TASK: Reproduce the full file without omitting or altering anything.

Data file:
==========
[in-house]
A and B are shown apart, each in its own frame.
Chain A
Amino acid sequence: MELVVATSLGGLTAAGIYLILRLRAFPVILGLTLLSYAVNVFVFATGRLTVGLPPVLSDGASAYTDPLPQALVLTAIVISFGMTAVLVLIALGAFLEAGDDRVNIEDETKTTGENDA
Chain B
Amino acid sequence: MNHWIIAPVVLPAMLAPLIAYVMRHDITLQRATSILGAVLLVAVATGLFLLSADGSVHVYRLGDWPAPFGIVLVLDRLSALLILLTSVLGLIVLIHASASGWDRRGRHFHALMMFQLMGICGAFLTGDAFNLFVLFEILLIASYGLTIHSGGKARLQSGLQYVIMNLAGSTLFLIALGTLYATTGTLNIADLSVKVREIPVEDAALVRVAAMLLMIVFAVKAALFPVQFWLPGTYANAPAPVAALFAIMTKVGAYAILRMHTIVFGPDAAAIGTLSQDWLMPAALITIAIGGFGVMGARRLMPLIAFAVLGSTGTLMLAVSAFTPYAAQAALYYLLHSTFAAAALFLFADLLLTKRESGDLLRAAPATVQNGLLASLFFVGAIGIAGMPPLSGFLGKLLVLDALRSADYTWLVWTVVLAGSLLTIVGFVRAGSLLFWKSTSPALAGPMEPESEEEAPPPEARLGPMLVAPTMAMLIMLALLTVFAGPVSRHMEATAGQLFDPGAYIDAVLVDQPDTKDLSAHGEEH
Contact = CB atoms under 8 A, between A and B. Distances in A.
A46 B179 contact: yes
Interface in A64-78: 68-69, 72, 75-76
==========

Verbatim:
[in-house]
A and B are shown apart, each in its own frame.
Chain A
Amino acid sequence: MELVVATSLGGLTAAGIYLILRLRAFPVILGLTLLSYAVNVFVFATGRLTVGLPPVLSDGASAYTDPLPQALVLTAIVISFGMTAVLVLIALGAFLEAGDDRVNIEDETKTTGENDA
Chain B
Amino acid sequence: MNHWIIAPVVLPAMLAPLIAYVMRHDITLQRATSILGAVLLVAVATGLFLLSADGSVHVYRLGDWPAPFGIVLVLDRLSALLILLTSVLGLIVLIHASASGWDRRGRHFHALMMFQLMGICGAFLTGDAFNLFVLFEILLIASYGLTIHSGGKARLQSGLQYVIMNLAGSTLFLIALGTLYATTGTLNIADLSVKVREIPVEDAALVRVAAMLLMIVFAVKAALFPVQFWLPGTYANAPAPVAALFAIMTKVGAYAILRMHTIVFGPDAAAIGTLSQDWLMPAALITIAIGGFGVMGARRLMPLIAFAVLGSTGTLMLAVSAFTPYAAQAALYYLLHSTFAAAALFLFADLLLTKRESGDLLRAAPATVQNGLLASLFFVGAIGIAGMPPLSGFLGKLLVLDALRSADYTWLVWTVVLAGSLLTIVGFVRAGSLLFWKSTSPALAGPMEPESEEEAPPPEARLGPMLVAPTMAMLIMLALLTVFAGPVSRHMEATAGQLFDPGAYIDAVLVDQPDTKDLSAHGEEH
Contact = CB atoms under 8 A, between A and B. Distances in A.
A46 B179 contact: yes
Interface in A64-78: 68-69, 72, 75-76